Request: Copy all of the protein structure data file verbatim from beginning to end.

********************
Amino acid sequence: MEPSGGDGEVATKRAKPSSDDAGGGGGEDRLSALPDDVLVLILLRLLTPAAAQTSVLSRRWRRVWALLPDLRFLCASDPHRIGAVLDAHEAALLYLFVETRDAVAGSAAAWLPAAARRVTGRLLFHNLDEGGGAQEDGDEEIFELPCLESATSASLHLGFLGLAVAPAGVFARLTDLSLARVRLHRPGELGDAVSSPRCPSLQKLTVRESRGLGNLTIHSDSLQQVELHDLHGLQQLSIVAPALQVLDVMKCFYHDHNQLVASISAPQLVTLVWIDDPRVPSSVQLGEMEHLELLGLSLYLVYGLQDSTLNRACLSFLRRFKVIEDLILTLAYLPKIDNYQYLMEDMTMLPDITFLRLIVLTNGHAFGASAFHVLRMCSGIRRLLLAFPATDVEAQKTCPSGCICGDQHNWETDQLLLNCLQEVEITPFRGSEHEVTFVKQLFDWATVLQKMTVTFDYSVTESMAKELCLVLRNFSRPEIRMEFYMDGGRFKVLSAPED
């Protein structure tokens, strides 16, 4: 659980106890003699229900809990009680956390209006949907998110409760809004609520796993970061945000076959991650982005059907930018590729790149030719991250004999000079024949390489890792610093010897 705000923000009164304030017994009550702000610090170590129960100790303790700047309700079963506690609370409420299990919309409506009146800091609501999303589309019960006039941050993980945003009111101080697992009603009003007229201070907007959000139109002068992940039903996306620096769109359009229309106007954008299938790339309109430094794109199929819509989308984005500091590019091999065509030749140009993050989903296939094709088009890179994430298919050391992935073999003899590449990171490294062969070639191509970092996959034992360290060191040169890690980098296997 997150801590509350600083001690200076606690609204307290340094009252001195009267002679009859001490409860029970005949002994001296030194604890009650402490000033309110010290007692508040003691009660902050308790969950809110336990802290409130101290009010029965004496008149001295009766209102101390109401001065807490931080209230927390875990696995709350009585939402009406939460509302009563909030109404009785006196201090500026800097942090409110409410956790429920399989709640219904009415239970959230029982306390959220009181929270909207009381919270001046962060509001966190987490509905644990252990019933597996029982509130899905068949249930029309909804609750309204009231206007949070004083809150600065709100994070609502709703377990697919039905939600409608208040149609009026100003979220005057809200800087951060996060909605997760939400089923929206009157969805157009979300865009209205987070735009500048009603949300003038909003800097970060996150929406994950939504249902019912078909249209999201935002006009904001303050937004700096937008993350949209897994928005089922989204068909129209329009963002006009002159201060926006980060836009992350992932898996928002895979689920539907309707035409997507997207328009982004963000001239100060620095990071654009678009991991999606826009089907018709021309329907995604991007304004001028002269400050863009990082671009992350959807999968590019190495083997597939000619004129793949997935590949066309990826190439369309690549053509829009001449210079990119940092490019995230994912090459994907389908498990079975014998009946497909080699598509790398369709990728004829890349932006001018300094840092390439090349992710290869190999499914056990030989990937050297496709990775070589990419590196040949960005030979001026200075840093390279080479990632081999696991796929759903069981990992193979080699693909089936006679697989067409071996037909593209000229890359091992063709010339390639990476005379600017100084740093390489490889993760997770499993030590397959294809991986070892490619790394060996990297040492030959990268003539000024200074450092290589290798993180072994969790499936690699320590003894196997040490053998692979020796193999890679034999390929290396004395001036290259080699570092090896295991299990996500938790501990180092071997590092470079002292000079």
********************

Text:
Amino acid sequence: MEPSGGDGEVATKRAKPSSDDAGGGGGEDRLSALPDDVLVLILLRLLTPAAAQTSVLSRRWRRVWALLPDLRFLCASDPHRIGAVLDAHEAALLYLFVETRDAVAGSAAAWLPAAARRVTGRLLFHNLDEGGGAQEDGDEEIFELPCLESATSASLHLGFLGLAVAPAGVFARLTDLSLARVRLHRPGELGDAVSSPRCPSLQKLTVRESRGLGNLTIHSDSLQQVELHDLHGLQQLSIVAPALQVLDVMKCFYHDHNQLVASISAPQLVTLVWIDDPRVPSSVQLGEMEHLELLGLSLYLVYGLQDSTLNRACLSFLRRFKVIEDLILTLAYLPKIDNYQYLMEDMTMLPDITFLRLIVLTNGHAFGASAFHVLRMCSGIRRLLLAFPATDVEAQKTCPSGCICGDQHNWETDQLLLNCLQEVEITPFRGSEHEVTFVKQLFDWATVLQKMTVTFDYSVTESMAKELCLVLRNFSRPEIRMEFYMDGGRFKVLSAPED
């Protein structure tokens, strides 16, 4: 659980106890003699229900809990009680956390209006949907998110409760809004609520796993970061945000076959991650982005059907930018590729790149030719991250004999000079024949390489890792610093010897 705000923000009164304030017994009550702000610090170590129960100790303790700047309700079963506690609370409420299990919309409506009146800091609501999303589309019960006039941050993980945003009111101080697992009603009003007229201070907007959000139109002068992940039903996306620096769109359009229309106007954008299938790339309109430094794109199929819509989308984005500091590019091999065509030749140009993050989903296939094709088009890179994430298919050391992935073999003899590449990171490294062969070639191509970092996959034992360290060191040169890690980098296997 997150801590509350600083001690200076606690609204307290340094009252001195009267002679009859001490409860029970005949002994001296030194604890009650402490000033309110010290007692508040003691009660902050308790969950809110336990802290409130101290009010029965004496008149001295009766209102101390109401001065807490931080209230927390875990696995709350009585939402009406939460509302009563909030109404009785006196201090500026800097942090409110409410956790429920399989709640219904009415239970959230029982306390959220009181929270909207009381919270001046962060509001966190987490509905644990252990019933597996029982509130899905068949249930029309909804609750309204009231206007949070004083809150600065709100994070609502709703377990697919039905939600409608208040149609009026100003979220005057809200800087951060996060909605997760939400089923929206009157969805157009979300865009209205987070735009500048009603949300003038909003800097970060996150929406994950939504249902019912078909249209999201935002006009904001303050937004700096937008993350949209897994928005089922989204068909129209329009963002006009002159201060926006980060836009992350992932898996928002895979689920539907309707035409997507997207328009982004963000001239100060620095990071654009678009991991999606826009089907018709021309329907995604991007304004001028002269400050863009990082671009992350959807999968590019190495083997597939000619004129793949997935590949066309990826190439369309690549053509829009001449210079990119940092490019995230994912090459994907389908498990079975014998009946497909080699598509790398369709990728004829890349932006001018300094840092390439090349992710290869190999499914056990030989990937050297496709990775070589990419590196040949960005030979001026200075840093390279080479990632081999696991796929759903069981990992193979080699693909089936006679697989067409071996037909593209000229890359091992063709010339390639990476005379600017100084740093390489490889993760997770499993030590397959294809991986070892490619790394060996990297040492030959990268003539000024200074450092290589290798993180072994969790499936690699320590003894196997040490053998692979020796193999890679034999390929290396004395001036290259080699570092090896295991299990996500938790501990180092071997590092470079002292000079």